Education will be one of the prime beneficiaries of Digital India, says Edutech CEO Shameema Parveen in an interview to Elets News Network
Edutech was established in 1991 in Dubai. Could you briefly tell us about the journey to improve the learning and teaching curriculum in Dubai and other places?
As Edutech marches towards our twenty- fifth year, it has been a transformative experience for us to evolve with the changes in the learning and teaching space. ASF Karim and I started Edutech in Dubai when we felt there that Middle East education sector was at the crossroads of modernisation. Instead of reinventing the wheel, we felt we should use some of the best practices and proven technologies used around the world. We identified that technology based learning is what we stand for and still continue to focus on that niche perhaps in a holistic manner.
With higher education institutions realising a change in educational approach was required to build self learning and critical thinking skills in students, Edutech was involved in resourcing hands-on learning through engineering labs and technology based learning centres in education and corporate sectors. We soon became part of many nationwide initiatives in the UAE, Oman and Saudi Arabia. While continuing to cater to the expanding education sector, we served a lifelong learning market by also servicing corporates like oil and gas and the banking sector which had challenges to implement sustained and qualitative training programmes.
We noticed that hardware and analogue based learning technologies were soon making way for digital and software based learning tools like online learning platforms, Online examination systems, digital language labs etc. Also, we saw that library and information services were moving online for access to information. So, Edutech acquired those capabilities and offerings and was the preferred vendor for holistic learning solutions in the region.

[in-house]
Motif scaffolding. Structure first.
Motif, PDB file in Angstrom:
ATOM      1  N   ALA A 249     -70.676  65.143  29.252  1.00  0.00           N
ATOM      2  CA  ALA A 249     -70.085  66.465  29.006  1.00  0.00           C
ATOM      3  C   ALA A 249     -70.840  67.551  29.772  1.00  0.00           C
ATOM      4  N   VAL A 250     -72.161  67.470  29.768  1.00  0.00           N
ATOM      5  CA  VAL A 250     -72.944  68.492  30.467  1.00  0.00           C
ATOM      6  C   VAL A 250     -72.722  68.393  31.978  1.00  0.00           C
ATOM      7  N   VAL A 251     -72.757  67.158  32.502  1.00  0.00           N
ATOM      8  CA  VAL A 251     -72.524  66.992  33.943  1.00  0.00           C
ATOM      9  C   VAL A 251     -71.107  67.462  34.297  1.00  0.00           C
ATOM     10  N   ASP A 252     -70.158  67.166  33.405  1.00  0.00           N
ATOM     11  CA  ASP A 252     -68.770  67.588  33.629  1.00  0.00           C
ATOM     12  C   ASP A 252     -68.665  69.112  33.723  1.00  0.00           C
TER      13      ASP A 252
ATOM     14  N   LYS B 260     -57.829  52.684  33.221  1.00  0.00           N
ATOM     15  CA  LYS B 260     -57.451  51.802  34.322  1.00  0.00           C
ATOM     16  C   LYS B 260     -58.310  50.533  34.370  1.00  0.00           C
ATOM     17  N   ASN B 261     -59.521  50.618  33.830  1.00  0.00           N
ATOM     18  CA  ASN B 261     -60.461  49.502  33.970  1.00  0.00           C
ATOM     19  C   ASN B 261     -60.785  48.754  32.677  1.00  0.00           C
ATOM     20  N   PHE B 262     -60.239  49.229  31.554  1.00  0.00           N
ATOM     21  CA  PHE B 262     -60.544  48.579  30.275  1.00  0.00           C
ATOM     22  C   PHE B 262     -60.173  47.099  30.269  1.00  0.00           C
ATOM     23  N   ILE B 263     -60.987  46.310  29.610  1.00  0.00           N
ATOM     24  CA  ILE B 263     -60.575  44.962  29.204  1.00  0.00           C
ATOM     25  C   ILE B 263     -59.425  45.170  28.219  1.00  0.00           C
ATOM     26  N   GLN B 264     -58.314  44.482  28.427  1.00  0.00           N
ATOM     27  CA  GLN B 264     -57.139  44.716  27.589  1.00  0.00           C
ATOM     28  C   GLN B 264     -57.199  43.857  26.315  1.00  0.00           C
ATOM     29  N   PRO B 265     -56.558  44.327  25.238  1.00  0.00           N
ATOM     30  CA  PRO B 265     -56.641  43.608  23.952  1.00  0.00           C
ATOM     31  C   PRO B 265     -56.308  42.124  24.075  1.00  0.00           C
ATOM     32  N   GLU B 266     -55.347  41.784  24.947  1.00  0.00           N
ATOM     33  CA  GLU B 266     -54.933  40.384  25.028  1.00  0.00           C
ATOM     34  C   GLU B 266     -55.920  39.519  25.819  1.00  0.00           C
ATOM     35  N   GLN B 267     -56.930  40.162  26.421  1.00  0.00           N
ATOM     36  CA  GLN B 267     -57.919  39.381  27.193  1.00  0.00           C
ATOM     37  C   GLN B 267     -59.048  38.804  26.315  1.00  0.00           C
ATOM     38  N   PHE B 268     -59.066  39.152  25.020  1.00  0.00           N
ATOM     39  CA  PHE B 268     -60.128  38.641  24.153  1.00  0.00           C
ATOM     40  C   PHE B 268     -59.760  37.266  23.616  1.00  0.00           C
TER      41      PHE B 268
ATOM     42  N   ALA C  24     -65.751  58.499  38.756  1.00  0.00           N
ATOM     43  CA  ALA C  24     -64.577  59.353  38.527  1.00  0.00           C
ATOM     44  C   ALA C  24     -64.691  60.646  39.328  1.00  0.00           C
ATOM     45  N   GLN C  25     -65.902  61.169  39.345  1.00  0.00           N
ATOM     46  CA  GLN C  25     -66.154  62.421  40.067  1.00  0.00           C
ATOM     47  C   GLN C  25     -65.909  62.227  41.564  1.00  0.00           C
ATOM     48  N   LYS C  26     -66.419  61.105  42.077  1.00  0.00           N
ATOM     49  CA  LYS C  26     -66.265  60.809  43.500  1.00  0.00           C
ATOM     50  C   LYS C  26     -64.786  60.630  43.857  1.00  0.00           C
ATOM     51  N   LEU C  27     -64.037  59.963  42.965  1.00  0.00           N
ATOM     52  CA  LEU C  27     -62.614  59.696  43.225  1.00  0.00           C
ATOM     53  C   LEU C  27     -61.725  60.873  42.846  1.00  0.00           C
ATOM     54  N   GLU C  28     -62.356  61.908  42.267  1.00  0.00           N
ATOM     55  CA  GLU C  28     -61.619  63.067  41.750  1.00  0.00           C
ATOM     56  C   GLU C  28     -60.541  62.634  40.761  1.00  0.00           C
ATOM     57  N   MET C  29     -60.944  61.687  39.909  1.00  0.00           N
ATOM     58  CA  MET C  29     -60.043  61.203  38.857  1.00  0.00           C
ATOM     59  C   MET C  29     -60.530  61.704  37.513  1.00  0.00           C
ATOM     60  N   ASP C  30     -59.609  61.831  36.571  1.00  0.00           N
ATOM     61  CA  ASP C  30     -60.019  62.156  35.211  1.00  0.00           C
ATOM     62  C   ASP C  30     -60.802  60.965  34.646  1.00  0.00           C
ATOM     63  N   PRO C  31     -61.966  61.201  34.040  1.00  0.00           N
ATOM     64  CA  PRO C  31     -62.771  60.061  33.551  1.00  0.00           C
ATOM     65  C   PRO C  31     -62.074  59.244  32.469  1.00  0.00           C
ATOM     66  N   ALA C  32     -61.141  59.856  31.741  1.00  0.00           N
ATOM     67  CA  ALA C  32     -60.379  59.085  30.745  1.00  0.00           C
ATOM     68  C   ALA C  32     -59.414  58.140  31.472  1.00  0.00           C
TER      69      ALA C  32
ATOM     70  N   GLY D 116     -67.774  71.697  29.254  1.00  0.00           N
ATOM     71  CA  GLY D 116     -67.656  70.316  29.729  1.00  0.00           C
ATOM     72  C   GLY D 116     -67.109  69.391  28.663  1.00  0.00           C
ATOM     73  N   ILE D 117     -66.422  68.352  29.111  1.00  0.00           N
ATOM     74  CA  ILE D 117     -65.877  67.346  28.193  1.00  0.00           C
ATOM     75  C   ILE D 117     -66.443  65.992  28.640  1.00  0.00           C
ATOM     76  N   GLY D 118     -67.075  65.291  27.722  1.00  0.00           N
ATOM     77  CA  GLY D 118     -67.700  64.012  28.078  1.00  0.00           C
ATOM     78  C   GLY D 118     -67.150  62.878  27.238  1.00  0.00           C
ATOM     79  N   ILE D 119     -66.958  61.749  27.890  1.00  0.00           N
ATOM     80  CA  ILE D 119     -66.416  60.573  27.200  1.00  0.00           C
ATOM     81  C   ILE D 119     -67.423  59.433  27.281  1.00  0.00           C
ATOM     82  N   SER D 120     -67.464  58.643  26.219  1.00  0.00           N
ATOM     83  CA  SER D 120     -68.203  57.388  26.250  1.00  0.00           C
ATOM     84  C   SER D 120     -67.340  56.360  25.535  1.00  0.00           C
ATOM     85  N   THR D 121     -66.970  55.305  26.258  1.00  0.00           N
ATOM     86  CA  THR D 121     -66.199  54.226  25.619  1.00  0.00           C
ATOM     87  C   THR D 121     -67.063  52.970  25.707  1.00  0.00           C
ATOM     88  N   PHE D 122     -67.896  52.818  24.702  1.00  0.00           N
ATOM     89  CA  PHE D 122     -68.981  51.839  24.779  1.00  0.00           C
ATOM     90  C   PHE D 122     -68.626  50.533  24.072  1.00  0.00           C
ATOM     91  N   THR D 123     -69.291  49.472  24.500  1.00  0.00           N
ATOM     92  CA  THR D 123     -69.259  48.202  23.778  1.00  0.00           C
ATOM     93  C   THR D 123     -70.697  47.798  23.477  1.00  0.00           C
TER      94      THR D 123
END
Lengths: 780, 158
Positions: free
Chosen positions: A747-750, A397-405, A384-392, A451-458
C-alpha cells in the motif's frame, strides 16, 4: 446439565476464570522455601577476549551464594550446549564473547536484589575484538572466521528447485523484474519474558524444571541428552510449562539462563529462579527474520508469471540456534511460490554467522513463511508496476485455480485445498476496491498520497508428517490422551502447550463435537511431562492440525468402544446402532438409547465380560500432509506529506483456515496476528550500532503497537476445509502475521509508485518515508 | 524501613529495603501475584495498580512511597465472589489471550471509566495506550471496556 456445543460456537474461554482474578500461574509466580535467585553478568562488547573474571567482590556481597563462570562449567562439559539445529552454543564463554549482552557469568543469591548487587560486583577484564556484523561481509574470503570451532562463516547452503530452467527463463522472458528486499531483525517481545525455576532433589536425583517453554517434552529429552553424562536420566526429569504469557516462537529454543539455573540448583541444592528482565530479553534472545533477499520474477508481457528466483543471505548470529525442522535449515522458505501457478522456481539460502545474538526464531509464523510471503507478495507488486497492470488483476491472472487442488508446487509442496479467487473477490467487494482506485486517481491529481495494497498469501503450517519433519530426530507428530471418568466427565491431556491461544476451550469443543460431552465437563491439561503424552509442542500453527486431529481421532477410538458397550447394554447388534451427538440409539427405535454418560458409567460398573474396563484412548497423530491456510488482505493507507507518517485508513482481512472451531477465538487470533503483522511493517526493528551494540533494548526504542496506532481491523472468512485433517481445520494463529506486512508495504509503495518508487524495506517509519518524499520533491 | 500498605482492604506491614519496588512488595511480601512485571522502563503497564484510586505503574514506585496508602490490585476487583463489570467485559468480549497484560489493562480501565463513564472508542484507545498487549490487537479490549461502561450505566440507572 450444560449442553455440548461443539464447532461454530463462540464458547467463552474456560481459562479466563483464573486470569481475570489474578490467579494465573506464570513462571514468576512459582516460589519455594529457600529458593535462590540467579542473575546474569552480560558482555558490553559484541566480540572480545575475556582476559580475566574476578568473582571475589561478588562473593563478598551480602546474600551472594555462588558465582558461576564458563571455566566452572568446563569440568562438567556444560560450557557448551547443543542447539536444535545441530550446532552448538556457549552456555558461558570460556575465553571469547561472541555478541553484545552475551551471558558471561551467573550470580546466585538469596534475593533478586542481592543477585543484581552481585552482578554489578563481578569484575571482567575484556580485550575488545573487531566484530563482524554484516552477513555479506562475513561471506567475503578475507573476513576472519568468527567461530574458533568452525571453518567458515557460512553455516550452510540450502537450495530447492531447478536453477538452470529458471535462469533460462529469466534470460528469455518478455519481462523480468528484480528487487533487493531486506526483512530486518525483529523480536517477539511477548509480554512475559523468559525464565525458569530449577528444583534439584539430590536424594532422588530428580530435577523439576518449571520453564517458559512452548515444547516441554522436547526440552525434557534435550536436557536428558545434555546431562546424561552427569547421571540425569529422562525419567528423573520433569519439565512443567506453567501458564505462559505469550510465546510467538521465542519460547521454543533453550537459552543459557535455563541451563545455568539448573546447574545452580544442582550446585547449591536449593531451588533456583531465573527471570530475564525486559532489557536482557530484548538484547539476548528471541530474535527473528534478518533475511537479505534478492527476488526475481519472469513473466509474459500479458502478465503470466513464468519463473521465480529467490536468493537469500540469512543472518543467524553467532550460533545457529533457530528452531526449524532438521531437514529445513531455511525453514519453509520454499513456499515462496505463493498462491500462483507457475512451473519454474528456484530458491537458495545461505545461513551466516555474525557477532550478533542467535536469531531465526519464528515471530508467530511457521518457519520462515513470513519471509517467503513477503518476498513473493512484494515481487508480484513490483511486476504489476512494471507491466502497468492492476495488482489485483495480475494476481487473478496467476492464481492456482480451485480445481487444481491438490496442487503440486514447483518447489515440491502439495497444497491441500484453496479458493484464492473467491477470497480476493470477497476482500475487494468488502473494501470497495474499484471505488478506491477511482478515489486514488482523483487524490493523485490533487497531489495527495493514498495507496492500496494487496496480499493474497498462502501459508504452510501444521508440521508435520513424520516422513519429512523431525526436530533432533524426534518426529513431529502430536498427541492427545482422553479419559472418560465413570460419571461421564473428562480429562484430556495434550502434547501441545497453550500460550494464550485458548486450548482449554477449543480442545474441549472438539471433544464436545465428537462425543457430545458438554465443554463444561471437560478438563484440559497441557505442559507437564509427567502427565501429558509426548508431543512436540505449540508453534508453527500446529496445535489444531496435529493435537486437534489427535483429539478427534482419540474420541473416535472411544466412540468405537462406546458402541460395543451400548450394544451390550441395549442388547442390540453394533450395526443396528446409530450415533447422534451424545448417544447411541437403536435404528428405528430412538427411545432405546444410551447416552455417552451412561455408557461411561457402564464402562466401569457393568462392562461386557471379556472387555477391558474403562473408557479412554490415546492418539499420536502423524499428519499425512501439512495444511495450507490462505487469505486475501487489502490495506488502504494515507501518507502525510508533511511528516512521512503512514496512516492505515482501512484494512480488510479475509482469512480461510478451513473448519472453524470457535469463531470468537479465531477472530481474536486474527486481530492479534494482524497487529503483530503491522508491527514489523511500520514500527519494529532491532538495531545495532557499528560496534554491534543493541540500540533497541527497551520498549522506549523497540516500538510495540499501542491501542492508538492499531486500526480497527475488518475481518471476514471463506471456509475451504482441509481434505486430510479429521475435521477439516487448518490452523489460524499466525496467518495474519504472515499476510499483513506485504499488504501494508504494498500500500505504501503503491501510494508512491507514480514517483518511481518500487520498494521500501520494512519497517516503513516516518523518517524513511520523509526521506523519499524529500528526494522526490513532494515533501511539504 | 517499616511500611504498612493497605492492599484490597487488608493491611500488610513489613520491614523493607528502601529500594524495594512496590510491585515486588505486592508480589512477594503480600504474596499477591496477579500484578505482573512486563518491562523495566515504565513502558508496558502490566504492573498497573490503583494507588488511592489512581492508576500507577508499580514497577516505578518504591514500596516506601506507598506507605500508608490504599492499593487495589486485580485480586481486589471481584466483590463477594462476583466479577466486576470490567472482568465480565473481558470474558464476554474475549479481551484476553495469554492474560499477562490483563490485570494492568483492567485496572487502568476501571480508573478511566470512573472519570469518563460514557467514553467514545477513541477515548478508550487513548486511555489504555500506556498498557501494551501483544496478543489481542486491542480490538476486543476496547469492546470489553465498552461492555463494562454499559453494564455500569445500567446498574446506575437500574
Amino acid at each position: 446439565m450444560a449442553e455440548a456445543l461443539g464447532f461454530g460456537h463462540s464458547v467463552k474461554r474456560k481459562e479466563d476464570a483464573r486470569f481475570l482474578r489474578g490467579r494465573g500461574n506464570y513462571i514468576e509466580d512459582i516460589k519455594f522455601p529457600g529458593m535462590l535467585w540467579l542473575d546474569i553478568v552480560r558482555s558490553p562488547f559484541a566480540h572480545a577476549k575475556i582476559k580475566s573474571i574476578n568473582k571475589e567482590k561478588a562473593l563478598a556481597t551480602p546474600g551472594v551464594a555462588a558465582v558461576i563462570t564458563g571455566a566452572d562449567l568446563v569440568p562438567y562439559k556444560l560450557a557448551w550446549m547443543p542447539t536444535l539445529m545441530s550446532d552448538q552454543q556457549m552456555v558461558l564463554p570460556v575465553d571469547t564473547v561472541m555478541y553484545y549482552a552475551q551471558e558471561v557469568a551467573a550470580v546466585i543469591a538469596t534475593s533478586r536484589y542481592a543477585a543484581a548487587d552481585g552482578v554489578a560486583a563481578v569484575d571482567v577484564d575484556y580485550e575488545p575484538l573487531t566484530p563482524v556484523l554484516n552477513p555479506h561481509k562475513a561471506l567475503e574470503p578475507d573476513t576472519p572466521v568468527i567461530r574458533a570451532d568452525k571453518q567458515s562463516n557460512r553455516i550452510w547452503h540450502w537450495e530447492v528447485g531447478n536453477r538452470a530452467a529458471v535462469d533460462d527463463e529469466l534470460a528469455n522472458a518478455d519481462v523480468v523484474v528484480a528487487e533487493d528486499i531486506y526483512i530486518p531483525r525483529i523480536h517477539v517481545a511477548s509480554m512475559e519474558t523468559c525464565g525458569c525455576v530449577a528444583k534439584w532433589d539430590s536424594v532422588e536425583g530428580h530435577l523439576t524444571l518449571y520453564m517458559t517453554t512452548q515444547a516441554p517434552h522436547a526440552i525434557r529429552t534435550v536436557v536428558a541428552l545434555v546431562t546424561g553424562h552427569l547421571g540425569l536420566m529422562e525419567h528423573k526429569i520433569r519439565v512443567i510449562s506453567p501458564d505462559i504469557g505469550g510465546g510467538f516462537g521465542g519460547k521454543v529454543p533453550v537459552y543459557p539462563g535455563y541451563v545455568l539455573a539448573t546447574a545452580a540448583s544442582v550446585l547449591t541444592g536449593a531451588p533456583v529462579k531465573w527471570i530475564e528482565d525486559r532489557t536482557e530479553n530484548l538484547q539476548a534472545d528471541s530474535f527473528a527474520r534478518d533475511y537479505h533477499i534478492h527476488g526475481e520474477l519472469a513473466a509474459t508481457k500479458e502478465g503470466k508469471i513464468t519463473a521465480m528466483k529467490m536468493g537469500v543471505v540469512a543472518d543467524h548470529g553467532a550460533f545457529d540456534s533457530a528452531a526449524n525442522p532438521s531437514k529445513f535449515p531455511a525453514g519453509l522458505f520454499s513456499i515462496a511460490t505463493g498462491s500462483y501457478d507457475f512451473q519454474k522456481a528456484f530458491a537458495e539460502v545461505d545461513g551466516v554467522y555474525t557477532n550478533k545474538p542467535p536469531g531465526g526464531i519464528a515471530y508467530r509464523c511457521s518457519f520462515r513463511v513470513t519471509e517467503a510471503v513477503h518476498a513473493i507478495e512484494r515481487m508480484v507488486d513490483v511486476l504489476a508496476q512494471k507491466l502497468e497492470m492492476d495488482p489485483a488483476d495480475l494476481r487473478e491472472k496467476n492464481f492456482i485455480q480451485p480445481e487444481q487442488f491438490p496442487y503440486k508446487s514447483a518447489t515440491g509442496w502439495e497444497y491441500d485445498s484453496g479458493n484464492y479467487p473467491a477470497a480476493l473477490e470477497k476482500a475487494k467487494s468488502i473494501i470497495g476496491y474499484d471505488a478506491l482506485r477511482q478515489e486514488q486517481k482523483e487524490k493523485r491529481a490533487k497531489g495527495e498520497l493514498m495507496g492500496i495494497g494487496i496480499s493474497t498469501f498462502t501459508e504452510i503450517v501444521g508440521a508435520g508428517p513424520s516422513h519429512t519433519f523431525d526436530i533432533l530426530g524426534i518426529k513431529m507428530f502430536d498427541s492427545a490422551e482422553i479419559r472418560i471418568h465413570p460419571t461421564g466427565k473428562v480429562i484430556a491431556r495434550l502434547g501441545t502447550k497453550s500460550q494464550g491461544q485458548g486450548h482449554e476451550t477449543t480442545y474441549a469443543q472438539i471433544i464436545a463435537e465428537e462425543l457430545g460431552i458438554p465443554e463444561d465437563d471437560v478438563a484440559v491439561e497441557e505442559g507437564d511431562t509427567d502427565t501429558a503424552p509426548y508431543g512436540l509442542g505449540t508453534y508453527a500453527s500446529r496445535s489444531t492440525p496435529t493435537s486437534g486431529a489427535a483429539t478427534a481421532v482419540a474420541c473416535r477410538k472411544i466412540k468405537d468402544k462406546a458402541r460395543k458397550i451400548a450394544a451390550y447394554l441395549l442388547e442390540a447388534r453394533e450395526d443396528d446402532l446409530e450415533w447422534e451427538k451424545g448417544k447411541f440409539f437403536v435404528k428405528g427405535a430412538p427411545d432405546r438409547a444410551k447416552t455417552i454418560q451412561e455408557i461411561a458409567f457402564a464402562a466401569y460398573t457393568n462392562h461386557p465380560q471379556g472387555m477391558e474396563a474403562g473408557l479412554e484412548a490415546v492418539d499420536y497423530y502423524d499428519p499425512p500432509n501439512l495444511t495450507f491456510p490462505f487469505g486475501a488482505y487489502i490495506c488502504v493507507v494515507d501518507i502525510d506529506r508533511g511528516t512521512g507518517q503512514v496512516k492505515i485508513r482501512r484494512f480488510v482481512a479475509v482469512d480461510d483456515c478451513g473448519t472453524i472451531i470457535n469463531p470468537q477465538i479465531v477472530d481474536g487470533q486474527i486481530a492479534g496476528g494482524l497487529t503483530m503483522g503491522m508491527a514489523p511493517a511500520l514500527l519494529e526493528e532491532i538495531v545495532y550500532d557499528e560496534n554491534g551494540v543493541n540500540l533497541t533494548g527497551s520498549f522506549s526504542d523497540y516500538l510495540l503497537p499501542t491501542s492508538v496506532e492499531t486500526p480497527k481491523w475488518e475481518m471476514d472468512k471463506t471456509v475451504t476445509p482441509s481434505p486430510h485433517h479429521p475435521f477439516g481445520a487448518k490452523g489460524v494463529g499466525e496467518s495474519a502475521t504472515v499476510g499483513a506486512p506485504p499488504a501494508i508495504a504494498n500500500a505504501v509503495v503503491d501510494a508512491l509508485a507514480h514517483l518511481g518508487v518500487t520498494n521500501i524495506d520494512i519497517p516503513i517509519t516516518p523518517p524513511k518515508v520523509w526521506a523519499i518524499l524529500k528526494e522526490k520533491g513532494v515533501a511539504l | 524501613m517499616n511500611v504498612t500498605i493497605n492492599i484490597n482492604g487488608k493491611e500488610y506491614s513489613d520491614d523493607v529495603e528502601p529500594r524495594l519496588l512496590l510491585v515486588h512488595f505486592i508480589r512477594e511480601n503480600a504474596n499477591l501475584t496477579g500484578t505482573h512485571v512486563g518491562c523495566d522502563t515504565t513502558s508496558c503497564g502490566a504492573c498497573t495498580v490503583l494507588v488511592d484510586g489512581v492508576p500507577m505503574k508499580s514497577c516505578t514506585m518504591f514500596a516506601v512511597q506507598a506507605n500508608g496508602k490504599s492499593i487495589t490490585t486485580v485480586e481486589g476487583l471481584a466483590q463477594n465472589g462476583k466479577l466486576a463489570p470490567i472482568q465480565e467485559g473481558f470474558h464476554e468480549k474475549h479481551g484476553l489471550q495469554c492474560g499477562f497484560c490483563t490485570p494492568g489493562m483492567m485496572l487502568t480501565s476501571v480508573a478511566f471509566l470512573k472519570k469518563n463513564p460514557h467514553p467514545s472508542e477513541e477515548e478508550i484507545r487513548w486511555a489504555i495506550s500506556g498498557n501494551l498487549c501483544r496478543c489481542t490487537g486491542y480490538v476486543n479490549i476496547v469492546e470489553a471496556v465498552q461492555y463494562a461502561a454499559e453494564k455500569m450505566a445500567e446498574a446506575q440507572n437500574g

We have a transformational impact on the region’s education and training space covering seven countries and over 2,00,000 users.
“Digital India and several other projects and initiatives are well thought out and I am optimistic of them improving the Indian education sector”
How vibrant is the role of education solution firms in improving the education system in India?
In a diverse country with the world’s largest number of schools and second largest world population, we would need all possible support available to improve the education system in the country. This includes government initiatives, education institutions, academicians and educationalists, teachers and students, trade bodies and, more importantly, education solution firms like Edutech can act as the greatest catalyst in this process. Having exposure to various countries where technology and best practices have improved their education systems, we at Edutech and several other firms in this space can add value by creating referral models and success stories that government and private educational institutions can replicate and scale.
We, at Edutech, are proud to be part of several such initiatives like implementing online learning management, STEM and robotics, e-learning, scientific and technical Labs, and online examinations in India since late nineties. Adoption was a challenge those days but due to our constant thought leadership and awareness, we were able to bring in more users over time. Now, with government mandate to have better connectivity at grassroot level across villages and cities in India, it can enable a big leap in the way instruction and content and information is delivered and consumed in the education sector across India.
Edutech is part of various government initiatives to improvise quality of education in India like TEQUIP, MODROB, FIST and several skill development initiatives of corporate and industry consortia.
How have educational institutions received these solutions for better teaching-learning outcomes?
Edutech has been constantly spreading awareness on ICT in education, When we started our India operations in 1999, perhaps we were too ahead of the curve mostly because of the awareness and lack of resources and infrastructure. Now, with better infrastructure coming in place and government initiatives and educational institutions competing for creating a better ‘Education Experience’ to the students, we are on the right track.